mercredi 16 mai 2018

The usual stuff.

I went to Krakow and I ate A LOT of pierogi. If you have not been, I highly recommend doing so. It’s very pretty, with a river and a Disney castle. Pleasingly, I saw a lot of nuns.

On my return, I attended the second meeting of the unofficial Preston Park Film Club. So far, we have watched Whiplash and Warrior. I’m not sure whether we should keep up this theme of selecting the most stressful films possible to watch.

Of course I also devoured To Be Read Unopened, the new Viv Albertine book, the moment it was released. She is one of my greatest inspirations. I cannot explain how glad I am she exists. She makes me feel better about life. I wanted to underline every single sentence.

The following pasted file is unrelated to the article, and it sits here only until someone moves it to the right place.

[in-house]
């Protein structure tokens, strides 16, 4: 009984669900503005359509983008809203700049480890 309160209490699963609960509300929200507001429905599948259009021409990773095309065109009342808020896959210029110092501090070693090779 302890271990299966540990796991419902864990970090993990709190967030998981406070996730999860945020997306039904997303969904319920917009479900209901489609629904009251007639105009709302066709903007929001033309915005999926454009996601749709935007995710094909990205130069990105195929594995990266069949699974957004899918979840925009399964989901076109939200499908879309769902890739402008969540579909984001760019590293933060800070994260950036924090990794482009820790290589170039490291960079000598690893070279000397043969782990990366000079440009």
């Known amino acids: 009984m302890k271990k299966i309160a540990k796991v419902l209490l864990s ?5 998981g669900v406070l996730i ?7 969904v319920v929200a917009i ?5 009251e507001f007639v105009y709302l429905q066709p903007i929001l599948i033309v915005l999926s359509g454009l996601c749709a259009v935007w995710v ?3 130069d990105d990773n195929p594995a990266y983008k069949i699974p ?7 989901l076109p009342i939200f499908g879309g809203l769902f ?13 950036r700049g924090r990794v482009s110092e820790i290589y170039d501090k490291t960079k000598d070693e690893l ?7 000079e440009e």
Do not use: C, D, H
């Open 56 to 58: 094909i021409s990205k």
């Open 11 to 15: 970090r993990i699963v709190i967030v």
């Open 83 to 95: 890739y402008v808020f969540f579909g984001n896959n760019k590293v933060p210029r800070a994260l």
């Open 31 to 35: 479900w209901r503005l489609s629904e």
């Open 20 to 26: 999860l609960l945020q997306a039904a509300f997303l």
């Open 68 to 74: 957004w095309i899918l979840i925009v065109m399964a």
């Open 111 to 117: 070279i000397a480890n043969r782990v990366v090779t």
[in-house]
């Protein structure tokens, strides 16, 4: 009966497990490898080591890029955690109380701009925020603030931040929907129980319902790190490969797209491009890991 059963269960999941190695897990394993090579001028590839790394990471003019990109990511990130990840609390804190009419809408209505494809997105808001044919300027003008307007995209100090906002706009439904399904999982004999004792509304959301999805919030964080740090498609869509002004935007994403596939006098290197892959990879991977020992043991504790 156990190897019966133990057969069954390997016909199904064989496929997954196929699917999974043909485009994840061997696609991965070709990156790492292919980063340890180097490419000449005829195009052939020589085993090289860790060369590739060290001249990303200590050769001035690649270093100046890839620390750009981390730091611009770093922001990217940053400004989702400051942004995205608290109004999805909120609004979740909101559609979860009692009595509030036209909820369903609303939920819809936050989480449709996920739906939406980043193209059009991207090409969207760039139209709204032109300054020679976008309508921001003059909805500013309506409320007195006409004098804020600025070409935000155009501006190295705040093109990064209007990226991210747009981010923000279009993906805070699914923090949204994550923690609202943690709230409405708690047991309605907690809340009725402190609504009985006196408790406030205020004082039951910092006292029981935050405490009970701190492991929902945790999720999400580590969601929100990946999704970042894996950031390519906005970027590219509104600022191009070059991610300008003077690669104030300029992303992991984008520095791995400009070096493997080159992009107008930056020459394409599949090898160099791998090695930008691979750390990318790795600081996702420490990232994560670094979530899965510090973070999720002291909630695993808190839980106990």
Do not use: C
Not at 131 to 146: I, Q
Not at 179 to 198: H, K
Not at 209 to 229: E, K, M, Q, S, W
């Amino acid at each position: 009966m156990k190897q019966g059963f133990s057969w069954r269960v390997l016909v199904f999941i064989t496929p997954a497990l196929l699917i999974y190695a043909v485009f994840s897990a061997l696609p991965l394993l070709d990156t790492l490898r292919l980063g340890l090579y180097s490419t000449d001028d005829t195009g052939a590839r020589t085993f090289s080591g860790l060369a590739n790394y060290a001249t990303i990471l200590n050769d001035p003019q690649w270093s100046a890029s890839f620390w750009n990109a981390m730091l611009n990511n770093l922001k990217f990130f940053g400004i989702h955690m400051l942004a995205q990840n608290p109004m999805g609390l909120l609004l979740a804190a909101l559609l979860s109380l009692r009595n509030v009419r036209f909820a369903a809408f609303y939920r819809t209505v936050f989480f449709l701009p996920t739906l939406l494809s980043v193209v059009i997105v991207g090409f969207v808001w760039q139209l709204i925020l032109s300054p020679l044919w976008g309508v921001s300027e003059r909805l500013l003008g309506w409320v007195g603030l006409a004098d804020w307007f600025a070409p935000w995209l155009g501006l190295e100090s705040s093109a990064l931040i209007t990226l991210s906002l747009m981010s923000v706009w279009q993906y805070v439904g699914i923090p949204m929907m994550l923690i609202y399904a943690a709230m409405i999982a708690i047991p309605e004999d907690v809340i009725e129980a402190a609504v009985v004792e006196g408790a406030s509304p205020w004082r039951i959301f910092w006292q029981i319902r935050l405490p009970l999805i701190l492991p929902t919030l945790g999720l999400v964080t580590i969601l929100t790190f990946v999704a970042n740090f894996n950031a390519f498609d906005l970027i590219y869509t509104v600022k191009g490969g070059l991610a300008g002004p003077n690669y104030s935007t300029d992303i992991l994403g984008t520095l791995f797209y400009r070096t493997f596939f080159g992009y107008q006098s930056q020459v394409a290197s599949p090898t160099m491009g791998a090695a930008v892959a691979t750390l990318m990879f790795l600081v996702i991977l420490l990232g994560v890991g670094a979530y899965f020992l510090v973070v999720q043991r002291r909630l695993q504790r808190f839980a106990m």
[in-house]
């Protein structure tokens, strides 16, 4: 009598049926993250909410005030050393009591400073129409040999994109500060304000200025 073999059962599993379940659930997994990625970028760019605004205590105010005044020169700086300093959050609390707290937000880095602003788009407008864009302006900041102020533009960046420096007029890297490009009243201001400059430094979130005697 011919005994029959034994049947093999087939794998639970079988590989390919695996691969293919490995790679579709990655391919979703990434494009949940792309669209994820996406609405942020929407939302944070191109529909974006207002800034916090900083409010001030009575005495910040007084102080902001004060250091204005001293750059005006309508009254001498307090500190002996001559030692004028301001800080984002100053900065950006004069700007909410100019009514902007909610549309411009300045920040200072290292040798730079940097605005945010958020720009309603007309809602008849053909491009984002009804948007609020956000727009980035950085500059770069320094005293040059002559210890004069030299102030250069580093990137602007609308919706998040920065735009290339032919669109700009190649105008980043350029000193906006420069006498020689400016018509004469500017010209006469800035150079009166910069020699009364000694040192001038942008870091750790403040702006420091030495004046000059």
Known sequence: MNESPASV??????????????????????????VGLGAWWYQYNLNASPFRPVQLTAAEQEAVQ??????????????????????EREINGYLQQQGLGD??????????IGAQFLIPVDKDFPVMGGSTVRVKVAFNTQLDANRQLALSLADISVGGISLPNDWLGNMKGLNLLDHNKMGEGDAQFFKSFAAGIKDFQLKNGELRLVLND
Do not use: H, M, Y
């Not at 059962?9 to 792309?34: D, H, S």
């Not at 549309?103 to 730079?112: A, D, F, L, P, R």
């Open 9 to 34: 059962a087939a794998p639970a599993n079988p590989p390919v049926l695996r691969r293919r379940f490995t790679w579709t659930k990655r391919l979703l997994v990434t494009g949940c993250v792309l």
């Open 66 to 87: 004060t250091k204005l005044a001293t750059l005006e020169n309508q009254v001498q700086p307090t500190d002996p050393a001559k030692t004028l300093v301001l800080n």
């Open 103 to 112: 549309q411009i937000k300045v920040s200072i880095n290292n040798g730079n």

I also read Purpose by Jessica Huie. Jessica and I are united by having a BFF in common, despite not actually knowing each other. This is not the sort of book I would usually read, but I have been pleased and surprised to find that important parts of it have very much stayed with me. An interesting lesson.

To complete a trilogy of fascinating reads, I was very lucky to be given an advance copy of the zeitgeisty Darling by Rachel Edwards. It’s billed as a ‘Brexit thriller’ about race and family and is as fascinating – and, at times, uncomfortable – as it sounds.

I’ve been listening almost exclusively to a playlist I madethat consists of songs whose only common denominator is I like to sing alongwith them. That and Camp Cope, who I remain passionately in love with.